Another direction my research has turned is to the higher categorical versions of homological algebra. I began by classifying certain central extensions of smooth 2-groups, by which I mean weak group objects in the bicategory of Lie groupoids, left principal bibundles, and bibundle maps. As a consequence, I obtained a a construction of a finite dimensional model of the String group. This material is now available as a preprint. Following this I have extended these results to classify all extensions of smooth 2-groups using some new results in bicategorical homological algebra. I'm currently in the process of writing up these results. I hope this will lead to a better understanding of the geometry of string structures and higher categorical geometry in general.
On occasion I post articles on the Secret Bloging Seminar, and sometimes I'm spotted on MathOverflow.
Co-organizer of the Summer QFT Seminar.
Dr. Christopher Schommer-Pries
Selected Blog Posts:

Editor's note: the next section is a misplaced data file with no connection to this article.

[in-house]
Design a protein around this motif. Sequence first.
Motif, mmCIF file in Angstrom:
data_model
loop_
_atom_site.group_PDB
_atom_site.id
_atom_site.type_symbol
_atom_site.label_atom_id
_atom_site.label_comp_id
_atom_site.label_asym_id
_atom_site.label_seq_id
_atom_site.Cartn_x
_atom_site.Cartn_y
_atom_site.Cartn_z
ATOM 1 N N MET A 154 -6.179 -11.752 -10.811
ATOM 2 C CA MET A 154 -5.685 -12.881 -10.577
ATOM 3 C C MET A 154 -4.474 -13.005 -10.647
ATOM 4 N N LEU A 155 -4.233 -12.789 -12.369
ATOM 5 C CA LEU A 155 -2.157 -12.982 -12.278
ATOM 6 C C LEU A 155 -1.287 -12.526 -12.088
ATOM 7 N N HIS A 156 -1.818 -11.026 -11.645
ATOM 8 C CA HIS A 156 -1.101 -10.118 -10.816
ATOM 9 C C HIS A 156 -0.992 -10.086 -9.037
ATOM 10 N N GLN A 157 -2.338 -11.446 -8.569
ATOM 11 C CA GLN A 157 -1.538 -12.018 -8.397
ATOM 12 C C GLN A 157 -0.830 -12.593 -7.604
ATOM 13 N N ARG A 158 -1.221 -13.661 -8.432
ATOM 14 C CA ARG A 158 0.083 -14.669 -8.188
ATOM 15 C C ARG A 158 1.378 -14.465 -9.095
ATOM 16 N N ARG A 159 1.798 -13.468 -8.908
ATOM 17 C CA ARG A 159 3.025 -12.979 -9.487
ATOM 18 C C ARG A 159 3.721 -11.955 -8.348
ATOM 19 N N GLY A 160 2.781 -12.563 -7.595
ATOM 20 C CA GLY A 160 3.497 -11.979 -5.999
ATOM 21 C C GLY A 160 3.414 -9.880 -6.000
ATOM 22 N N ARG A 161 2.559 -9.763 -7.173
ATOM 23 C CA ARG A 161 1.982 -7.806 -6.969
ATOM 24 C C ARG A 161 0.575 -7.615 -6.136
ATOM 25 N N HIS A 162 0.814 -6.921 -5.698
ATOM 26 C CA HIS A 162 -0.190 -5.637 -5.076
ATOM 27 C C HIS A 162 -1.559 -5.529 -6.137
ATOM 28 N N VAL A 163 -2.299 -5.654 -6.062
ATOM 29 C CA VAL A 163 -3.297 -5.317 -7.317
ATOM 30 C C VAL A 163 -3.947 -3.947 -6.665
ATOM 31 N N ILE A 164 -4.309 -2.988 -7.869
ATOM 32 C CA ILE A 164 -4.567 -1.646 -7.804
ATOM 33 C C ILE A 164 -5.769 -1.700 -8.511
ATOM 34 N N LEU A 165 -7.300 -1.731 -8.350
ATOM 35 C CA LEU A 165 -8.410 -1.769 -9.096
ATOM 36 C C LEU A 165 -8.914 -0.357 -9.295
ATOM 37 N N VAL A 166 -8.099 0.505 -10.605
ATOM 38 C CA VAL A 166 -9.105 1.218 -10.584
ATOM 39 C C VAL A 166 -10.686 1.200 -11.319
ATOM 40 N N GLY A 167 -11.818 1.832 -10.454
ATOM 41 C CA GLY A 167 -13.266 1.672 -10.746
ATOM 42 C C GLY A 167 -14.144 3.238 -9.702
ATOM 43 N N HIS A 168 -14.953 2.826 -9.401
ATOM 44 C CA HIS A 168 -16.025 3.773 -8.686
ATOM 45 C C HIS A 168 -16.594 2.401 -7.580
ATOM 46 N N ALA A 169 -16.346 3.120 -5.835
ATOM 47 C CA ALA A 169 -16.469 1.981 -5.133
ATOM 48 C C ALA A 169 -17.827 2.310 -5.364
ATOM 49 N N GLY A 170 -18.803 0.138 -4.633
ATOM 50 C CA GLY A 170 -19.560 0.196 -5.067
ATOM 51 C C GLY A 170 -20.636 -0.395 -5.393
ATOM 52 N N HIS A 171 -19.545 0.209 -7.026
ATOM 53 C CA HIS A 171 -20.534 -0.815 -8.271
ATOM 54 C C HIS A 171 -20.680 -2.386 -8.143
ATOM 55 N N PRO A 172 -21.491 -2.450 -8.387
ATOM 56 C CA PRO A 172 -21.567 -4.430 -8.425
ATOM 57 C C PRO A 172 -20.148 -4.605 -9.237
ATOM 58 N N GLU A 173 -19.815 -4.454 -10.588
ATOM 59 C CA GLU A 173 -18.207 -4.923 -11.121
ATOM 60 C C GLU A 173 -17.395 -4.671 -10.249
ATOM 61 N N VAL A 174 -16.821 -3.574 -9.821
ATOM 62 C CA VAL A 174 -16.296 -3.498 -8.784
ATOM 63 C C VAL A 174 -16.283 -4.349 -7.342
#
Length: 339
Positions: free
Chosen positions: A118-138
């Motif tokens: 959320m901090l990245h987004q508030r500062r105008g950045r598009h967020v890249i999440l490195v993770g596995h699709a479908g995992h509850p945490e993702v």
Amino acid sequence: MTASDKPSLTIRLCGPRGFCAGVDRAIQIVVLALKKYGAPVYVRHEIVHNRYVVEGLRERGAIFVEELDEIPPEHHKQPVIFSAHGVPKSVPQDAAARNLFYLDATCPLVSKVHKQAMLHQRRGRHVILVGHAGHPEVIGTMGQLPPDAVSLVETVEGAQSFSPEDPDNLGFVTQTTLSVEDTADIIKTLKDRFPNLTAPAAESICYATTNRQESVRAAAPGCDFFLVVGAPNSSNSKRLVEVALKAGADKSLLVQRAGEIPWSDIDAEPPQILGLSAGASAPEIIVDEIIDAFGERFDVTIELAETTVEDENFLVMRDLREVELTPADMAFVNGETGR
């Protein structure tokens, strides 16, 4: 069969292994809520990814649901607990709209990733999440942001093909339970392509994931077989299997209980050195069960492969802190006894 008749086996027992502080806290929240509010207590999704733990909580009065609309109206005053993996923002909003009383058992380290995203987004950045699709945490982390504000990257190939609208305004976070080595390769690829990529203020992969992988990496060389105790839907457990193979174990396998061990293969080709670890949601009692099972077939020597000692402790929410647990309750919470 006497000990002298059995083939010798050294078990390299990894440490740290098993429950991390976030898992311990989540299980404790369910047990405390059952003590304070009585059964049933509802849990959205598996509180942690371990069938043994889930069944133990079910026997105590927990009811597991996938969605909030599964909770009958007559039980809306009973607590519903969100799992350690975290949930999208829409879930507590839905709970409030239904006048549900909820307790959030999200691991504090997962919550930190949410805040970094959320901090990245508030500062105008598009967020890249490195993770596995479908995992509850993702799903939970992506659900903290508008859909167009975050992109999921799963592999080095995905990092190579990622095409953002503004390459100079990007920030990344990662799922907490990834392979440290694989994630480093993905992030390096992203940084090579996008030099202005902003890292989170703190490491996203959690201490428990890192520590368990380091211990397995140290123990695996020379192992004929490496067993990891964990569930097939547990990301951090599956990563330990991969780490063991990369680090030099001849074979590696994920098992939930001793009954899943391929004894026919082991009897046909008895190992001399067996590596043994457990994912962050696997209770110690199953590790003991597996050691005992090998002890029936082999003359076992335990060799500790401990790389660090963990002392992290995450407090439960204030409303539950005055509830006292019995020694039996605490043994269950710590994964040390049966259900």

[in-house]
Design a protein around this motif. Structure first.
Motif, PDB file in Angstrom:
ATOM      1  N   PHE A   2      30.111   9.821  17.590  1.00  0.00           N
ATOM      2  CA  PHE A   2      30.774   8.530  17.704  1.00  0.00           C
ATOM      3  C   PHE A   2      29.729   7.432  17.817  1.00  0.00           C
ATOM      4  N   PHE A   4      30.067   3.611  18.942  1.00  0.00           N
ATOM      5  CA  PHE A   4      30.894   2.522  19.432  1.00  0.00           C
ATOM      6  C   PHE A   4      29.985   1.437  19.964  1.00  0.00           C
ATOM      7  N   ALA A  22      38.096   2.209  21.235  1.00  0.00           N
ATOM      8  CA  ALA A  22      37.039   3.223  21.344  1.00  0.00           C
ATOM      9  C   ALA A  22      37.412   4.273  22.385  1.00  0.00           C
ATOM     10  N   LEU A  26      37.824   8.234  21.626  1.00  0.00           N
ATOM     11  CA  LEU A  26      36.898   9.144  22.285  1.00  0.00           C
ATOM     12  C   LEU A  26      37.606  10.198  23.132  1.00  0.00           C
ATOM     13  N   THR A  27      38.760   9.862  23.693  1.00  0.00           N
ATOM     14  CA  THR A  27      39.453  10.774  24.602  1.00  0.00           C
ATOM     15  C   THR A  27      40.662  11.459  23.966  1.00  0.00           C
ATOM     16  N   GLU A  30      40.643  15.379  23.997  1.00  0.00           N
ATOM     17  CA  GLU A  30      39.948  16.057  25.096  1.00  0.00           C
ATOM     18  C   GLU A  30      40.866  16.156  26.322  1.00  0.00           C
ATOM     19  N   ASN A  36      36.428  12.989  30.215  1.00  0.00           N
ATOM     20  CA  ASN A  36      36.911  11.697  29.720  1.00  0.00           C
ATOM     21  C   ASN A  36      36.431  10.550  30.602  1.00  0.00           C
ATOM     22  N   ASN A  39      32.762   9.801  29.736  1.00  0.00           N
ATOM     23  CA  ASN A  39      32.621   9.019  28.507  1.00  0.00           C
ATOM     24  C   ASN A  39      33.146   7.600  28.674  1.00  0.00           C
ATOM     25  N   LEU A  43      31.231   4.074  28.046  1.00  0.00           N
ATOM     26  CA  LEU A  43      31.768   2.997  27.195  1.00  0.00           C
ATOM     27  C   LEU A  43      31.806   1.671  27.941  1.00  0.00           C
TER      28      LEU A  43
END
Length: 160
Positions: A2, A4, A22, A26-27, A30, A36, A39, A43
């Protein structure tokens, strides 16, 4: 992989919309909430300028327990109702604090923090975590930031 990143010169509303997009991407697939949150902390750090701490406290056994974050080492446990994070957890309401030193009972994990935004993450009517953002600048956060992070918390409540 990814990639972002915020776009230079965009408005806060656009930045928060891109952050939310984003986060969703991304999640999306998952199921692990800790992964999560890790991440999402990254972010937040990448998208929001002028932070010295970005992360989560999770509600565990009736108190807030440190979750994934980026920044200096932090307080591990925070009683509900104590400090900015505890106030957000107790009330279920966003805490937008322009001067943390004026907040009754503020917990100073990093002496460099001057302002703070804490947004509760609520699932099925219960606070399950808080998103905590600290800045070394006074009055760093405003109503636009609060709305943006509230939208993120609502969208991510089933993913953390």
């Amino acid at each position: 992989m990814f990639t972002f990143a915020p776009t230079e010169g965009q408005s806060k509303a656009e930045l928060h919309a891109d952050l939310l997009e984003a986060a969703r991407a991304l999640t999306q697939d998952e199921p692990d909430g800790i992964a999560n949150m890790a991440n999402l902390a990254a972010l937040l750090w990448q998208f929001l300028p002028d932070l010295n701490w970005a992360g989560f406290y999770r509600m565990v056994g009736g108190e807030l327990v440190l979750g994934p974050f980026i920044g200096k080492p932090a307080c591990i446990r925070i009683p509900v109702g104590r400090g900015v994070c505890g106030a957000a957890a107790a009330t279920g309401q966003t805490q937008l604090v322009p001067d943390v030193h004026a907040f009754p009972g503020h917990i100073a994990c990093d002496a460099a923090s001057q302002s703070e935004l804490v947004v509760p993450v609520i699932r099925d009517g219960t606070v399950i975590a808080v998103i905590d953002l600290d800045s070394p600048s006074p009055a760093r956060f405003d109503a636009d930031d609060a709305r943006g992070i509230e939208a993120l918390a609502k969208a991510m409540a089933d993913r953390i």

Currently I am a scientist researcher
Before that I was an NSF postdoc and C. L. E. Moore Instructor at MIT, and even earlier a Postdoc at Harvard.
You Tube Videos!
I recently attended two events as part of Notre Dame's Thematic Program on Topology and Quantum Field Theory. All the talks were filmed and put on You Tube.
I taught a mini-course on Low Dimensional Higher Category Theory (Part 1) (Part 2) (Part 3) (Part 4). I also gave a lecture on The Unicity of the Homotopy Theory of Higher Categories.
On the unicity of the homotopy theory of higher categories (current version). See the description on the left under "The Comparison Problem in Higher Category Theory". Also available at arXiv:1112.0040 (Nov 30, 2011 version).
Geometry & Topology 15 (2011) 609-676.